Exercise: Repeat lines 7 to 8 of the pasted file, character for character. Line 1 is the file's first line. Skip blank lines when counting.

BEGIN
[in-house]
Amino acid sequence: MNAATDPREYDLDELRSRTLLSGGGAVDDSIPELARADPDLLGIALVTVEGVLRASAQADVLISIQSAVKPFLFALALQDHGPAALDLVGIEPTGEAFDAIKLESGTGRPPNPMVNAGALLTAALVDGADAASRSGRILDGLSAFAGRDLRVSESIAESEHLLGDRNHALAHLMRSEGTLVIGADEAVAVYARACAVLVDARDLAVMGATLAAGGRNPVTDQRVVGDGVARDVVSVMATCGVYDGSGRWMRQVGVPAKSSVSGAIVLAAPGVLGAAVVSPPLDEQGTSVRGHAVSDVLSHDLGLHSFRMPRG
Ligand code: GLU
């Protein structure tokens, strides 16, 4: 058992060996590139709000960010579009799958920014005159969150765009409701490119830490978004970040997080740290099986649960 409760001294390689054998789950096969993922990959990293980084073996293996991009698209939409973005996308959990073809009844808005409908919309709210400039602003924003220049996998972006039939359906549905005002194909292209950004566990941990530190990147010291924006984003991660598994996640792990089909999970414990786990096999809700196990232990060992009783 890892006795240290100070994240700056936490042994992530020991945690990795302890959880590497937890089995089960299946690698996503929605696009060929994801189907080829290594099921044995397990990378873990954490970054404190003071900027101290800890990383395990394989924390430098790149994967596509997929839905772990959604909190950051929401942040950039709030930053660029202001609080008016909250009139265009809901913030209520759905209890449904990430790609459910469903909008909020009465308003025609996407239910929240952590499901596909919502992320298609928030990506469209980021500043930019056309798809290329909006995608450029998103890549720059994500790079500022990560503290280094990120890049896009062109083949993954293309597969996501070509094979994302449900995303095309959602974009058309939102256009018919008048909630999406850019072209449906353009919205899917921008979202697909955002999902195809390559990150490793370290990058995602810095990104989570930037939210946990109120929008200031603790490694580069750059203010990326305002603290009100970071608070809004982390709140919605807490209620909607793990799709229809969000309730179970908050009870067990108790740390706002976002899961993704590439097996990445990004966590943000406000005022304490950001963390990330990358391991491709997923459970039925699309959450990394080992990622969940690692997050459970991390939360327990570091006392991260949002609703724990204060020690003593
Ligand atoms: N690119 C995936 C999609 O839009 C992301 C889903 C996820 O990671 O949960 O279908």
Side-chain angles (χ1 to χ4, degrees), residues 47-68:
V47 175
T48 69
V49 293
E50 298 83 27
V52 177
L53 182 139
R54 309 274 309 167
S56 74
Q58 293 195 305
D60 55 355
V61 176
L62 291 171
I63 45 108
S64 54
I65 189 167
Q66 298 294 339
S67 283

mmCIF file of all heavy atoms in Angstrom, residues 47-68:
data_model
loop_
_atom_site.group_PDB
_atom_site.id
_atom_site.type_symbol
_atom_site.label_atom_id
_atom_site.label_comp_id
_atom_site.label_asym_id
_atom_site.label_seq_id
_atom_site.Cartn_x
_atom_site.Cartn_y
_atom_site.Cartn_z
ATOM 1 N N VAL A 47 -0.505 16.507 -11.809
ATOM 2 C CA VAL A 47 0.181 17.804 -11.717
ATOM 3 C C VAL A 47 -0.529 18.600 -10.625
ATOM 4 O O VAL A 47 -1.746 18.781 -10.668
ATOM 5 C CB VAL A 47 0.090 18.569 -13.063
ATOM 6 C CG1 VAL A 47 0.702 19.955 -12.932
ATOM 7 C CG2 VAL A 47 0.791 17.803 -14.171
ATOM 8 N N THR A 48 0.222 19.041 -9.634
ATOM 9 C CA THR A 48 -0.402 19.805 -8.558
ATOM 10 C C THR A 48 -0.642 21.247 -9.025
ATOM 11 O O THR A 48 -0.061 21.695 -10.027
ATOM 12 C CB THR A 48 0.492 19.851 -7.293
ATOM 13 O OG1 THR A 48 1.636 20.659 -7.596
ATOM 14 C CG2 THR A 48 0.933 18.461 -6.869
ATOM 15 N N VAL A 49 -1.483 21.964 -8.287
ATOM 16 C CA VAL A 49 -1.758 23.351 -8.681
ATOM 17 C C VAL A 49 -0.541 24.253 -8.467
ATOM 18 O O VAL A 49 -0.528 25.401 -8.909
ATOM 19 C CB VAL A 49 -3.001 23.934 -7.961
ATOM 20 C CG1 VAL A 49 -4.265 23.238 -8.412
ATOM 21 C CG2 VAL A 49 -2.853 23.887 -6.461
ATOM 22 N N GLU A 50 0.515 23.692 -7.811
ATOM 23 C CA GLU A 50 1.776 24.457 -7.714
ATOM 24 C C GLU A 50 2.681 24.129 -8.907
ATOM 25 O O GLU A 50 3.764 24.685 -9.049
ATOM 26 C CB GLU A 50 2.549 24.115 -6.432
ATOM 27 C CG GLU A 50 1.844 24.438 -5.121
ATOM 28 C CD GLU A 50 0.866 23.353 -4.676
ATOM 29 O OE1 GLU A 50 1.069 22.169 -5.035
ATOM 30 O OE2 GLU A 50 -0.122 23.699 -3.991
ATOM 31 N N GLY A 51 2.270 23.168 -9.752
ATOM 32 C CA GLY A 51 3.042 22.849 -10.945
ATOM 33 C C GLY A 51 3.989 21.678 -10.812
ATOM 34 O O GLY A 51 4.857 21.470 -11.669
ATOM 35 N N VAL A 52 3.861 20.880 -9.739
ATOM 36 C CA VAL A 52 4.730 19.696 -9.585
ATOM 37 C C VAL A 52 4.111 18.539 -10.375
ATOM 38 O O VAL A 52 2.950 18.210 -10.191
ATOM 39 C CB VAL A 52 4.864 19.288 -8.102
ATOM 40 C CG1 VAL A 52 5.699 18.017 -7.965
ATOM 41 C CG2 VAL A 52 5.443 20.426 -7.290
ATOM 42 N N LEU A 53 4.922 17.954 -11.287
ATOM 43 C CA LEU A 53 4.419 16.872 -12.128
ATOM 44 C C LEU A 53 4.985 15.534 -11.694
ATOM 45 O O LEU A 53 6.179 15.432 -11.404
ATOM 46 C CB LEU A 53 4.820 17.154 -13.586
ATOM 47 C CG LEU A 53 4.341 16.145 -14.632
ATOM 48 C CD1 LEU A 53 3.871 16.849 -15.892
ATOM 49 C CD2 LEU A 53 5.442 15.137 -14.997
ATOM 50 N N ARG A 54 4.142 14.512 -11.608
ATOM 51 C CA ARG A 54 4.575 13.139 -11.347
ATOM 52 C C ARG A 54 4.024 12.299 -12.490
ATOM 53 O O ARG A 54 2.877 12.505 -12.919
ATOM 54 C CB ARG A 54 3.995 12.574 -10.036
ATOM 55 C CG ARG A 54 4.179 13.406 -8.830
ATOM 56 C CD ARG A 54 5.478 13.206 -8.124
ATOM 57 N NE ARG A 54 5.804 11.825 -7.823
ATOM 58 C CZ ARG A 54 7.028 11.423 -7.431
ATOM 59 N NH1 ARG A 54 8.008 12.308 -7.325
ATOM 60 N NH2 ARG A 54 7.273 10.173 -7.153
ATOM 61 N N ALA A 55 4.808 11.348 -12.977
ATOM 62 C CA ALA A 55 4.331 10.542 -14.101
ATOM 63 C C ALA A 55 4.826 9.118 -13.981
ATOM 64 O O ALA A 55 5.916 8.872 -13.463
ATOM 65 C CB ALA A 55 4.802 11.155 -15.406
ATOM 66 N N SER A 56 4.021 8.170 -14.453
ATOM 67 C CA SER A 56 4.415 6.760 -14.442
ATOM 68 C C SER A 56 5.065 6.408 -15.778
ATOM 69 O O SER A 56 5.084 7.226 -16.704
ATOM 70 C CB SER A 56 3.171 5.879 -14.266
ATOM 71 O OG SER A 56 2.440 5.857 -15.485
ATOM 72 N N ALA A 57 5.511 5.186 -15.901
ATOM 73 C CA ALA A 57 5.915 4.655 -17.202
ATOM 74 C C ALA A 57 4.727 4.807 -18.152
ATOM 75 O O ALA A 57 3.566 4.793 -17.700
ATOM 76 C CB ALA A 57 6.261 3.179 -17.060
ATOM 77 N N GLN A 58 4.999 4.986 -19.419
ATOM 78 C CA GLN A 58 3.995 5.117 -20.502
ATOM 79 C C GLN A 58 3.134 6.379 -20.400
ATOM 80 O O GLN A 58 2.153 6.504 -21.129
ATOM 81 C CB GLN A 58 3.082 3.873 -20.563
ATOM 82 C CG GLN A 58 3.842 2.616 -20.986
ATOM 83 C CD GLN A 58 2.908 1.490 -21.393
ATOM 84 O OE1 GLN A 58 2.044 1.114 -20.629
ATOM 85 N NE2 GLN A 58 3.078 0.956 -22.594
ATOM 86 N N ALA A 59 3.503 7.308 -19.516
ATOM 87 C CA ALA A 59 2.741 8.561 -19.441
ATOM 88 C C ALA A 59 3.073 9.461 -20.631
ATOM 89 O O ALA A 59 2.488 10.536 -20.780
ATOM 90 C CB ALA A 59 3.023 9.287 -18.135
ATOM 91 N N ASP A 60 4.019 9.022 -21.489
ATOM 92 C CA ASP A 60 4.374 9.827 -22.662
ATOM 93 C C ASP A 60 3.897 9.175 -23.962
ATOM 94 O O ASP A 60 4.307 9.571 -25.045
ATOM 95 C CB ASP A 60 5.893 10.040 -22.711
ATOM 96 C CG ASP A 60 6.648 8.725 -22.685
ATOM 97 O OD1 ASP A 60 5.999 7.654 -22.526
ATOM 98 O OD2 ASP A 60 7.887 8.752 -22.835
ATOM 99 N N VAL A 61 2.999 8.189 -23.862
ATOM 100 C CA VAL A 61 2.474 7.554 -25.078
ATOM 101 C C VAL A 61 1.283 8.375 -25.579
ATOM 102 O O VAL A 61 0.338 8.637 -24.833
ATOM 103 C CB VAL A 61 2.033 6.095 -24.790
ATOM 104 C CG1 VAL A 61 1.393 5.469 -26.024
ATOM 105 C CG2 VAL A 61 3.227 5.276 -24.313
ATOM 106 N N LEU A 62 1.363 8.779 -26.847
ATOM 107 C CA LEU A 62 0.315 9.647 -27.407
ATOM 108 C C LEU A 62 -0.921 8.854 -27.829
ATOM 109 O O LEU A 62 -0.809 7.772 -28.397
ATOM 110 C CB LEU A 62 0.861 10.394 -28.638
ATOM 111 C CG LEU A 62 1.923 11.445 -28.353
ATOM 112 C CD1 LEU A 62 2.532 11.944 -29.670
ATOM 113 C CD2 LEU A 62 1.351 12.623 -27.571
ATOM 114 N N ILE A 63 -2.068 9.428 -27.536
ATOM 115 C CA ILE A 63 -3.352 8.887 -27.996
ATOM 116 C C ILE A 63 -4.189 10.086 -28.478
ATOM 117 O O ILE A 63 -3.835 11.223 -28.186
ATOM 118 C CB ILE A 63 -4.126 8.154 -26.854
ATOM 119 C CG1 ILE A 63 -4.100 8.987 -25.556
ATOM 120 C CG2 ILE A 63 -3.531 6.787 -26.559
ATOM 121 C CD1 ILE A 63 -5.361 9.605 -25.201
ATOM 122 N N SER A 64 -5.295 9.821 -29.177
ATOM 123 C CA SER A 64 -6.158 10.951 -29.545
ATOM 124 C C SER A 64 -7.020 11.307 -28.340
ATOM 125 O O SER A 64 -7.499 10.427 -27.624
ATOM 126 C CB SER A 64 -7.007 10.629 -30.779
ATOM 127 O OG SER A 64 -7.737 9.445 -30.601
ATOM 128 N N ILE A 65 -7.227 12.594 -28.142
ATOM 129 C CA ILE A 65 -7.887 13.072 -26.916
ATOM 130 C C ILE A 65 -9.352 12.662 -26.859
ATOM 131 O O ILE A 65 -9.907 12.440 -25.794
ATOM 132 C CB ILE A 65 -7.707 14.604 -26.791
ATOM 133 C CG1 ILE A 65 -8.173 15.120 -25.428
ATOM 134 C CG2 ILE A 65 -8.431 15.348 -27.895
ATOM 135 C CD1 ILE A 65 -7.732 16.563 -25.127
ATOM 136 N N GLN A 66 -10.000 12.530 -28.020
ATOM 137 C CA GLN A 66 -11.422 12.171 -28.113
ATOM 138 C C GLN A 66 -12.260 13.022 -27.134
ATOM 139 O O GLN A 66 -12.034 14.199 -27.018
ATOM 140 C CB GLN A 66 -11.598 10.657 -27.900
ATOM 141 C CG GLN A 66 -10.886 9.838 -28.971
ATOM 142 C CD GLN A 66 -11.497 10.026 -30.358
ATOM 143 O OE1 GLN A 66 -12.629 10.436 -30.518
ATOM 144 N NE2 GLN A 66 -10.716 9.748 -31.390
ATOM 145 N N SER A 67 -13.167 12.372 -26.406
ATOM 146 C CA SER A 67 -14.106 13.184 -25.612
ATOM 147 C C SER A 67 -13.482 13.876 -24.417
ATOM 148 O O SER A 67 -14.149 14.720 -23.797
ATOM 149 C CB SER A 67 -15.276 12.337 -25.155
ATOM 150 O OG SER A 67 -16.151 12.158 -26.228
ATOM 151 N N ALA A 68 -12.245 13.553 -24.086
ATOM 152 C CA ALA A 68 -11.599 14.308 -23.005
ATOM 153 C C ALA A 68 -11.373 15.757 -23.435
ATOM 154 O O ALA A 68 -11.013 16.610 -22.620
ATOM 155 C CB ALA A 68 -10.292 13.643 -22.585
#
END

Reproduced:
V47 175
T48 69